Last year, the band released Little Neon Limelight, which had the track “Sedona” on it, and this year has seen the band go from four pieces to six. Founding member Katie Toupin, who provided vocals and keys, left the band. She was replaced by three new members on horns and keyboard. All of the newcomers are men, leaving them to sing in falsetto to try to replicate the harmonies Toupin created and the songs she sang.
The folk-rock group from New Albany is often compared to the Band and other Americana giants, but they don’t like that tag. The description guitar player and vocalist Matt Myers offers is “millennial party boys.”
Since 2011, the band has released two full albums and an EP. They have performed on Conan and The Late Show with David Letterman, as well as at festivals like Bonnaroo, SXSW, and Hangout Festival. Their 2015 album Little Neon Limelight peaked at 118 on the Billboard top 200.
IM checked in with Myers before tonight’s show.
How different is the show with a six-piece lineup as opposed to a four-piece?
Well, the sounds a bit bigger. Just a bunch of dudes now, a bunch of millennials. We like to have a good time.
How is the band filling in for Katie’s vocals?
I’m taking a lot of high harmonies when I can. We’ll do some falsetto stuff.
What caused the split?
We were in Australia, we were about to fly to Hawaii, and I think touring just kind of took a toll. It’s just one of those things.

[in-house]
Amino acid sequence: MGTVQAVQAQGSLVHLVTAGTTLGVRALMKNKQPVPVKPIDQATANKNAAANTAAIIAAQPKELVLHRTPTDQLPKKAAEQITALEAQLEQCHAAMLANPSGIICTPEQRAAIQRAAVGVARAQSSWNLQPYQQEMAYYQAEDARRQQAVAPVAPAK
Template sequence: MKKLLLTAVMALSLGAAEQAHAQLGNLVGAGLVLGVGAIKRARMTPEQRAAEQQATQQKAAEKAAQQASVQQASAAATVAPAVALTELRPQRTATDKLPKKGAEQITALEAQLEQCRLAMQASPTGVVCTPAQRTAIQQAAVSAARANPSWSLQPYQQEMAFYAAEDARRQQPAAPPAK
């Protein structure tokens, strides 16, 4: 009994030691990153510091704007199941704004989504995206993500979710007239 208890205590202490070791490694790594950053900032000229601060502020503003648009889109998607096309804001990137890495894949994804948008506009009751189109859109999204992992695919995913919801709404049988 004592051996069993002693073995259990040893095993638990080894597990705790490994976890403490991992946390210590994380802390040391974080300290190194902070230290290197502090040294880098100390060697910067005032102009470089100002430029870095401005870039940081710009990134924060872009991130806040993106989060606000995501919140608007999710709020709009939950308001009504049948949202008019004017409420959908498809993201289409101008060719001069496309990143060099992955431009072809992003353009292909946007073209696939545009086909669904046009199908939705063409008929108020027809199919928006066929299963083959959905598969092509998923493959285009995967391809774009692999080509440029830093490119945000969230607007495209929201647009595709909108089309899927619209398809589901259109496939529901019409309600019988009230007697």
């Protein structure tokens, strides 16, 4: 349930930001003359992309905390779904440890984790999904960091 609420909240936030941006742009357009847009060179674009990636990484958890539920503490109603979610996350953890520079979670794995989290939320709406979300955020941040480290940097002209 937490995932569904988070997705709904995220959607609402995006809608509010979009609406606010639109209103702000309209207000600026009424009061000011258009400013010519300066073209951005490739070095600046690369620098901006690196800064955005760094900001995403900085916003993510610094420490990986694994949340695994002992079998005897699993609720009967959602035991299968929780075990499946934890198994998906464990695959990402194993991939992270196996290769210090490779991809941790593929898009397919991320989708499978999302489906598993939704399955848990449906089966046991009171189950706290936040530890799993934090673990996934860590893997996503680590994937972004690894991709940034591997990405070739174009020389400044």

Any plans to get back together?
Is Houndmouth writing new music?
We’ve been writing a whole bunch. We don’t have a set schedule to go into the studio, but that’s definitely coming up.
Is songwriting different now with Katie gone? Are you letting the new guys write anything?
They write all their horn parts. Writing hasn’t changed a whole lot, because we all write separately. So my process hasn’t changed. Just constantly evolving.
Do you hear “Sedona” on the radio all over the country like we do in Indianapolis?
I don’t listen to the radio too much. I just got a Spotify premium account, so I’ve been crushing stuff.
What’re you listening to?
I’ve been listening to The Weeknd a whole lot, actually. I went on a big Neil Young kick about a year ago, and that’s finally like, I’ve gotten my fill of Neil Young, so I’m trying to listen to new stuff.
Do you consider Houndmouth to be an Americana band?
No! [Laughs.] I just read that somebody wrote a review that said “their music was really well received by those in our demographic, the Americana roots sound, it was very well received by the age group we were trying to hone in on.” Ha—what kind of thing is that to say? It was a strange compliment—you really did good for these old white folks.
What’s been your favorite moment with Houndmouth?
I don’t know. You’re just constantly in it and doing it, you know? I haven’t had a reflection period. I like doing this work, and constantly making music, and being around people who make music. I used to get homesick when I’d leave, growing up, going to basketball camp and stuff. I always wondered if I’d get homesick, but I finally found something that I love. I’m just happy where I am.
Do you feel more at home in Indianapolis or Louisville?
Louisville, just because I grew up around there. That was always the place to go on the weekends.
What’s your reaction been to the fame you’ve received?
There’s not really been the fame to deal with. It’s how bands are today. There’s a lot of anonymity, and it’s a really small niche market, it seems. The only time we get recognized is at shows, but any other time it’s pretty chill. When you have a collective group of people, it’s more about the thing they are getting together to create.
Houndmouth plays at Garfield Park tonight at 7 p.m. The show is sold out.